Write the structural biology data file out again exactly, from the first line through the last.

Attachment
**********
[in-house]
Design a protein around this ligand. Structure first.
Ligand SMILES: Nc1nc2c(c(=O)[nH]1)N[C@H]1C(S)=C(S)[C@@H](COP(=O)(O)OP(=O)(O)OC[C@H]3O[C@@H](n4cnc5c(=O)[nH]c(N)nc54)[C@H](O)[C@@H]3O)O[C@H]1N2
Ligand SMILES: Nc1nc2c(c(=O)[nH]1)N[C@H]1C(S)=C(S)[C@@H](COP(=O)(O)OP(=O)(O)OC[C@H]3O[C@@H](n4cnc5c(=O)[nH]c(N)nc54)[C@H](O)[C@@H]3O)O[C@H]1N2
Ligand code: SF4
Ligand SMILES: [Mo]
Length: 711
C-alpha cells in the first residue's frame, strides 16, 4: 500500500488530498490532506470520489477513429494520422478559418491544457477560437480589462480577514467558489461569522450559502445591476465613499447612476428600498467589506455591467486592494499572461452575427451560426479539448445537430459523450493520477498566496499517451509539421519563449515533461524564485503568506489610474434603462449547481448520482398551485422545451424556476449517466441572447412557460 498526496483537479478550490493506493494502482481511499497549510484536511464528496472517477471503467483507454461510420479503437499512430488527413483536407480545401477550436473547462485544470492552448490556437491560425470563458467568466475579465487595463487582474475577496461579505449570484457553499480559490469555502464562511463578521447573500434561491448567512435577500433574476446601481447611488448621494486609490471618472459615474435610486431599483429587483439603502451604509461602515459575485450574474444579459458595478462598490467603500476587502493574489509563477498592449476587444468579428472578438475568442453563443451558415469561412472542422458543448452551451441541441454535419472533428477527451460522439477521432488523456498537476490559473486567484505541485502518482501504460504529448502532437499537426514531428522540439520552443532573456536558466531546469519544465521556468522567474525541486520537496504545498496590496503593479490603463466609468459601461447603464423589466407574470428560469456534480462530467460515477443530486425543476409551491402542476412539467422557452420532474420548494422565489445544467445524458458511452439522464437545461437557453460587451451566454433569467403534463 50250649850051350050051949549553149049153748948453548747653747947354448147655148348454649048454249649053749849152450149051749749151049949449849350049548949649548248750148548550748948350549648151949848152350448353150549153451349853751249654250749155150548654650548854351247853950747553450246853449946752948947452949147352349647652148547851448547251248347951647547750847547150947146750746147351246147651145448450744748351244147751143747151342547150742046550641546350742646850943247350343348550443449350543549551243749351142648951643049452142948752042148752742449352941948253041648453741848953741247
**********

[in-house]
Design a protein around this ligand. Structure first.
Ligand SMILES: Nc1nc2c(c(=O)[nH]1)N[C@H]1C(S)=C(S)[C@@H](COP(=O)(O)OP(=O)(O)OC[C@H]3O[C@@H](n4cnc5c(=O)[nH]c(N)nc54)[C@H](O)[C@@H]3O)O[C@H]1N2
Ligand SMILES: Nc1nc2c(c(=O)[nH]1)N[C@H]1C(S)=C(S)[C@@H](COP(=O)(O)OP(=O)(O)OC[C@H]3O[C@@H](n4cnc5c(=O)[nH]c(N)nc54)[C@H](O)[C@@H]3O)O[C@H]1N2
Ligand code: SF4
Ligand SMILES: [Mo]
Length: 711
C-alpha cells in the first residue's frame, strides 16, 4: 500500500488530498490532506470520489477513429494520422478559418491544457477560437480589462480577514467558489461569522450559502445591476465613499447612476428600498467589506455591467486592494499572461452575427451560426479539448445537430459523450493520477498566496499517451509539421519563449515533461524564485503568506489610474434603462449547481448520482398551485422545451424556476449517466441572447412557460 498526496483537479478550490493506493494502482481511499497549510484536511464528496472517477471503467483507454461510420479503437499512430488527413483536407480545401477550436473547462485544470492552448490556437491560425470563458467568466475579465487595463487582474475577496461579505449570484457553499480559490469555502464562511463578521447573500434561491448567512435577500433574476446601481447611488448621494486609490471618472459615474435610486431599483429587483439603502451604509461602515459575485450574474444579459458595478462598490467603500476587502493574489509563477498592449476587444468579428472578438475568442453563443451558415469561412472542422458543448452551451441541441454535419472533428477527451460522439477521432488523456498537476490559473486567484505541485502518482501504460504529448502532437499537426514531428522540439520552443532573456536558466531546469519544465521556468522567474525541486520537496504545498496590496503593479490603463466609468459601461447603464423589466407574470428560469456534480462530467460515477443530486425543476409551491402542476412539467422557452420532474420548494422565489445544467445524458458511452439522464437545461437557453460587451451566454433569467403534463 50250649850051350050051949549553149049153748948453548747653747947354448147655148348454649048454249649053749849152450149051749749151049949449849350049548949649548248750148548550748948350549648151949848152350448353150549153451349853751249654250749155150548654650548854351247853950747553450246853449946752948947452949147352349647652148547851448547251248347951647547750847547150947146750746147351246147651145448450744748351244147751143747151342547150742046550641546350742646850943247350343348550443449350543549551243749351142648951643049452142948752042148752742449352941948253041648453741848953741247